Will Sutton might not fit the traditional mold of an interior defensive lineman. After all, haven't we been sold that if you're not 290 or 300 pounds, you are undersized for the position?
But what Arizona State's 6-foot-2, 270-pounder brings to the position is a first-step quickness that is baffling opposing lineman and allowing Sutton to set up shop in the other team's backfield. He's too big to be a linebacker. But clearly not too small to be considered the top defensive lineman in the conference -- and right up there nationally -- through the first five weeks of the season.
"He plays much bigger than he is," said Arizona State head coach Todd Graham. "I can tell you some of the great ones that played were 6-foot. He's got that special get-off. He's a very, very smart player. That's the thing that sticks out to me is how much he studies film and just how smart he plays. He's got great character and I think that's what separates him from everybody else. He's got that first step, that get-off and that passion for playing the game. He's special. There's no doubt about that."
Some numbers for your consideration:
Sutton is the top tackler in the Pac-12 who is not linebacker or defensive back with 34 (21 solo).
He has 10 tackles for a loss and has contributed to minus-48 yards.
He's tied for second in the conference (eighth nationally) with 6.5 sacks.
Sutton was recently added to the Bednarik Award watch list -- going to the nation's most outstanding defensive player -- and is coming off a monster game on the road against Cal where he notched six solo tackles (nine total) and three sacks.
The Sun Devils are on bye this week and will return to the field next Thursday night on ESPN against Colorado. And while the Buffs are spending a lot of their bye week on self evaluation, head coach Jon Embree already knows about Sutton.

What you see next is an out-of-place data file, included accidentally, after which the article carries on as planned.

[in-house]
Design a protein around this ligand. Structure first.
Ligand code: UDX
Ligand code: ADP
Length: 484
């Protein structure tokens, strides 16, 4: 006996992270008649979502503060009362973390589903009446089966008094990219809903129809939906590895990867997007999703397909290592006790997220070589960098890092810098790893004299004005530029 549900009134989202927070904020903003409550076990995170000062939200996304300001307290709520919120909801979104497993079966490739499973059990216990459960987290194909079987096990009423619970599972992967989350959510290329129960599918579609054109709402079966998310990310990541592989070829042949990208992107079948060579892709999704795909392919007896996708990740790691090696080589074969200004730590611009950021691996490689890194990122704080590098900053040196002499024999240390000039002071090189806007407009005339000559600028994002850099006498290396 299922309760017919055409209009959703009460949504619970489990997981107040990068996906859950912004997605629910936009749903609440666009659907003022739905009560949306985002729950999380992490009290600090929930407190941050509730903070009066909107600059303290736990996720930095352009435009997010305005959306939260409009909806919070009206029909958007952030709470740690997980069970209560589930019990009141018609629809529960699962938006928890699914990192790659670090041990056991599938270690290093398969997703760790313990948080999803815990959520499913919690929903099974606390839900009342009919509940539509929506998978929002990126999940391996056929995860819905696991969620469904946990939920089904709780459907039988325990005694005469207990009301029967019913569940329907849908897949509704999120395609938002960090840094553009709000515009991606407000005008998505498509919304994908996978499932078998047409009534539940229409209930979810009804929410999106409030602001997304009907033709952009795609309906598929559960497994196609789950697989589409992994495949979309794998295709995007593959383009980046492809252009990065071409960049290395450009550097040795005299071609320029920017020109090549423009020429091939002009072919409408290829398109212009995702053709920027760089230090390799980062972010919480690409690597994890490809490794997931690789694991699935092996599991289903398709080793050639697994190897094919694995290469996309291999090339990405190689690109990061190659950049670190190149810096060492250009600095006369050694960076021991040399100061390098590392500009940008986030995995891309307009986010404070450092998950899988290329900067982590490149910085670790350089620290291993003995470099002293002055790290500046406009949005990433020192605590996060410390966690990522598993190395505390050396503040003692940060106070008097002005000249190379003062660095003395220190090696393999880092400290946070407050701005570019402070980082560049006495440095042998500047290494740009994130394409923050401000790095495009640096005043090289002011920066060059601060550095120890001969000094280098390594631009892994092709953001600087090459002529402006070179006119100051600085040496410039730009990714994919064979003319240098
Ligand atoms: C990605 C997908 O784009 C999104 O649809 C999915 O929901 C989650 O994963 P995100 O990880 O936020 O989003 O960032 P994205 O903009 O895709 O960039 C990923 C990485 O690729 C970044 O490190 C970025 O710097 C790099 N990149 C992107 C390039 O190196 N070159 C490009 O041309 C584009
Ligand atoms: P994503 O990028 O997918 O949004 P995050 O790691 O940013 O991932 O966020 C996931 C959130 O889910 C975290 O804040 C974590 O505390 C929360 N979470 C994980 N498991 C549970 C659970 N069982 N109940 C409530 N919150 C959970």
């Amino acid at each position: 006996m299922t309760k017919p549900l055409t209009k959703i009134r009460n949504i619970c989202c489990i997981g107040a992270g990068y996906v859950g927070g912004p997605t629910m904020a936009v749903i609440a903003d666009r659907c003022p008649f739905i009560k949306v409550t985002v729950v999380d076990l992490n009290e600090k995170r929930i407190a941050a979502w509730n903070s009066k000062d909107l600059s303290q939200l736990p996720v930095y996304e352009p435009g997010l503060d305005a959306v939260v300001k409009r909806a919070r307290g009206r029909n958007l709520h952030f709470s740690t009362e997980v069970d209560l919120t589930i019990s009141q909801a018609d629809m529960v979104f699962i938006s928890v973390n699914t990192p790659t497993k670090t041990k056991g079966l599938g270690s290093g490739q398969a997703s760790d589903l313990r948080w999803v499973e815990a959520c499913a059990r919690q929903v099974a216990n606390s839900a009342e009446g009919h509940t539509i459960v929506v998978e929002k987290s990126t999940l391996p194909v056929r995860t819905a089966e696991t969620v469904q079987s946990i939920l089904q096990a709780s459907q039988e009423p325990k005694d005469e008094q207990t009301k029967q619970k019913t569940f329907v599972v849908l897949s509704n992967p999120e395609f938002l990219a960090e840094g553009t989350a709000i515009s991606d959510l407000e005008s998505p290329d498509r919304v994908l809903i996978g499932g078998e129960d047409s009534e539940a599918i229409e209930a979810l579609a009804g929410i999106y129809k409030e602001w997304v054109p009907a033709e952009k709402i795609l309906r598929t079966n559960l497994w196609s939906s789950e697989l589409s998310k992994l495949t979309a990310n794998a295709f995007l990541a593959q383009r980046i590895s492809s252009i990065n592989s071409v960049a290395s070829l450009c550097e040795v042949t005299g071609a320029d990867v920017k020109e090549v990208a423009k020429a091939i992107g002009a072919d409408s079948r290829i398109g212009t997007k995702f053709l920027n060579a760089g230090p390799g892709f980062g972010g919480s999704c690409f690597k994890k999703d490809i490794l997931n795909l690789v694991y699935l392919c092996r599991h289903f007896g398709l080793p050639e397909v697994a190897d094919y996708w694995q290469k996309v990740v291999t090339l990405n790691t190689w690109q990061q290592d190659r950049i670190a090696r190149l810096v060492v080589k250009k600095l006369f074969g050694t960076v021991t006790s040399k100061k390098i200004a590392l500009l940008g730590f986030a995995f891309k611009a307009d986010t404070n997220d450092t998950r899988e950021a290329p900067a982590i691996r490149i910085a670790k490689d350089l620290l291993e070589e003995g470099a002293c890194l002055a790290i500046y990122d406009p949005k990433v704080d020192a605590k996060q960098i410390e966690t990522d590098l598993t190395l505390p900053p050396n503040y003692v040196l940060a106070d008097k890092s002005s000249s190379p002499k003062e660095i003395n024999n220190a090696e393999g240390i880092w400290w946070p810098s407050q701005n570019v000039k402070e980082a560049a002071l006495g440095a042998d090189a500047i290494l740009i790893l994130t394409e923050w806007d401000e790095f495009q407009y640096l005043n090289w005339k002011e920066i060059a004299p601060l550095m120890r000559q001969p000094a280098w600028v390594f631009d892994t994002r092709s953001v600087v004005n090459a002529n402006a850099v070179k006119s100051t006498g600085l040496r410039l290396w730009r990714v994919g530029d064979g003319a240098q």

"No. 90, yeah, he needs to go. He needs to go ahead and start getting paid," Embree said with a laugh. "He's the best D-lineman I've seen by far in our conference. Love the kid's motor and the passion and he plays the game like you want him to play. Great hands, leverage. He's a very good player and we're going to have to find answers for him. I've only watched a few plays, but he's the guy that consistently jumps out every game as a playmaker."
With Sutton's help, the Arizona State defense ranks first in the Pac-12 in scoring defense, yielding just 13.6 points per game, first in total defense, where they are the only team allowing fewer than 300 yards per game and first in pass-efficiency defense. And coaches will tell you a good pass defense starts with the big guys up front -- even if they are undersized.
"Obviously [Sutton] is very physically talented and gifted, but he just has a passion inside of him that is unique and plays with that passion," Graham said. "What we have done is taken a system and designed that system for him and then he plays smart, he plays disciplined and therefore he excels.”